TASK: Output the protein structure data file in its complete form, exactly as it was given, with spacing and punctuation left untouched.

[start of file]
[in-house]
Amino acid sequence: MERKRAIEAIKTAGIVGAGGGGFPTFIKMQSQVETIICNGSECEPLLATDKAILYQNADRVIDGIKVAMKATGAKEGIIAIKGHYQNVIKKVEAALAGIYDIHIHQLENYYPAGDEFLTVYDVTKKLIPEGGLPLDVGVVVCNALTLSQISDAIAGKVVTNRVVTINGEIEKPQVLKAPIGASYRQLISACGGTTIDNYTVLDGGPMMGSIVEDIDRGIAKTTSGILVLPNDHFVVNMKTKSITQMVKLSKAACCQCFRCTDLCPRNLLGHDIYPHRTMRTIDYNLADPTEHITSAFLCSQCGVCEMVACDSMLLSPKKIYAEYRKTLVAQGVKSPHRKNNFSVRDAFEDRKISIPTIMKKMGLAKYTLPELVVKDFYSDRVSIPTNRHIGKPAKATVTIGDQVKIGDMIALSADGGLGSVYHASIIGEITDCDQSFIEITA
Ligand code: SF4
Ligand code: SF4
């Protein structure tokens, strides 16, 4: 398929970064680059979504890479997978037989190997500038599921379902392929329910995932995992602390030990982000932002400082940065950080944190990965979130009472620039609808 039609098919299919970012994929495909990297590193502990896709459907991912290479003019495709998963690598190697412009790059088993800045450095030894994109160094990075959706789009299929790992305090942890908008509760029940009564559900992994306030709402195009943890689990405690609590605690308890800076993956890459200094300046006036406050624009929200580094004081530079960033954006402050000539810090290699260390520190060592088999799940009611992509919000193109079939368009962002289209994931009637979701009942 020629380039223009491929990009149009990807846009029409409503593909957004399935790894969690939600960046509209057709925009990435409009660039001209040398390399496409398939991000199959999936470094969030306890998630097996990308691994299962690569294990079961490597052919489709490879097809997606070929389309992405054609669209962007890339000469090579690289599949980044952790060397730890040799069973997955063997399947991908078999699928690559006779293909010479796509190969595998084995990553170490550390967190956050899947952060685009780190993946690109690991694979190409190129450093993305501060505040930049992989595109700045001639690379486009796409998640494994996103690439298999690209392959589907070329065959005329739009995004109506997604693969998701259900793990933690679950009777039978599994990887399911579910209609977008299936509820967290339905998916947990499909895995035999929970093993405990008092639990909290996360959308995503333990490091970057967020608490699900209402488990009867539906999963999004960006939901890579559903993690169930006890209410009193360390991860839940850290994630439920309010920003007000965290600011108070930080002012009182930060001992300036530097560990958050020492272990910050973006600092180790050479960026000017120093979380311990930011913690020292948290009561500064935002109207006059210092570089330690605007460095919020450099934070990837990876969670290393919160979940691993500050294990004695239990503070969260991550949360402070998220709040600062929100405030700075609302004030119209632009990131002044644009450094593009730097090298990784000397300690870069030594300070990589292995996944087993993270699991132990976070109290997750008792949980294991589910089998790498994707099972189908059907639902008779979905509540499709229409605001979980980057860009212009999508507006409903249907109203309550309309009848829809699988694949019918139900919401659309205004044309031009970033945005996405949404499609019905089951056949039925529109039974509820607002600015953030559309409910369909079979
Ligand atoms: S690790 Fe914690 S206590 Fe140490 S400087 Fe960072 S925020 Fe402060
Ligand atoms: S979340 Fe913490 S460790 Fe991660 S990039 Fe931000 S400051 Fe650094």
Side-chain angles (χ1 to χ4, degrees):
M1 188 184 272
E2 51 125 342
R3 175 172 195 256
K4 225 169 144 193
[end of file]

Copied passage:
[in-house]
Amino acid sequence: MERKRAIEAIKTAGIVGAGGGGFPTFIKMQSQVETIICNGSECEPLLATDKAILYQNADRVIDGIKVAMKATGAKEGIIAIKGHYQNVIKKVEAALAGIYDIHIHQLENYYPAGDEFLTVYDVTKKLIPEGGLPLDVGVVVCNALTLSQISDAIAGKVVTNRVVTINGEIEKPQVLKAPIGASYRQLISACGGTTIDNYTVLDGGPMMGSIVEDIDRGIAKTTSGILVLPNDHFVVNMKTKSITQMVKLSKAACCQCFRCTDLCPRNLLGHDIYPHRTMRTIDYNLADPTEHITSAFLCSQCGVCEMVACDSMLLSPKKIYAEYRKTLVAQGVKSPHRKNNFSVRDAFEDRKISIPTIMKKMGLAKYTLPELVVKDFYSDRVSIPTNRHIGKPAKATVTIGDQVKIGDMIALSADGGLGSVYHASIIGEITDCDQSFIEITA
Ligand code: SF4
Ligand code: SF4
């Protein structure tokens, strides 16, 4: 398929970064680059979504890479997978037989190997500038599921379902392929329910995932995992602390030990982000932002400082940065950080944190990965979130009472620039609808 039609098919299919970012994929495909990297590193502990896709459907991912290479003019495709998963690598190697412009790059088993800045450095030894994109160094990075959706789009299929790992305090942890908008509760029940009564559900992994306030709402195009943890689990405690609590605690308890800076993956890459200094300046006036406050624009929200580094004081530079960033954006402050000539810090290699260390520190060592088999799940009611992509919000193109079939368009962002289209994931009637979701009942 020629380039223009491929990009149009990807846009029409409503593909957004399935790894969690939600960046509209057709925009990435409009660039001209040398390399496409398939991000199959999936470094969030306890998630097996990308691994299962690569294990079961490597052919489709490879097809997606070929389309992405054609669209962007890339000469090579690289599949980044952790060397730890040799069973997955063997399947991908078999699928690559006779293909010479796509190969595998084995990553170490550390967190956050899947952060685009780190993946690109690991694979190409190129450093993305501060505040930049992989595109700045001639690379486009796409998640494994996103690439298999690209392959589907070329065959005329739009995004109506997604693969998701259900793990933690679950009777039978599994990887399911579910209609977008299936509820967290339905998916947990499909895995035999929970093993405990008092639990909290996360959308995503333990490091970057967020608490699900209402488990009867539906999963999004960006939901890579559903993690169930006890209410009193360390991860839940850290994630439920309010920003007000965290600011108070930080002012009182930060001992300036530097560990958050020492272990910050973006600092180790050479960026000017120093979380311990930011913690020292948290009561500064935002109207006059210092570089330690605007460095919020450099934070990837990876969670290393919160979940691993500050294990004695239990503070969260991550949360402070998220709040600062929100405030700075609302004030119209632009990131002044644009450094593009730097090298990784000397300690870069030594300070990589292995996944087993993270699991132990976070109290997750008792949980294991589910089998790498994707099972189908059907639902008779979905509540499709229409605001979980980057860009212009999508507006409903249907109203309550309309009848829809699988694949019918139900919401659309205004044309031009970033945005996405949404499609019905089951056949039925529109039974509820607002600015953030559309409910369909079979
Ligand atoms: S690790 Fe914690 S206590 Fe140490 S400087 Fe960072 S925020 Fe402060
Ligand atoms: S979340 Fe913490 S460790 Fe991660 S990039 Fe931000 S400051 Fe650094």
Side-chain angles (χ1 to χ4, degrees):
M1 188 184 272
E2 51 125 342
R3 175 172 195 256
K4 225 169 144 193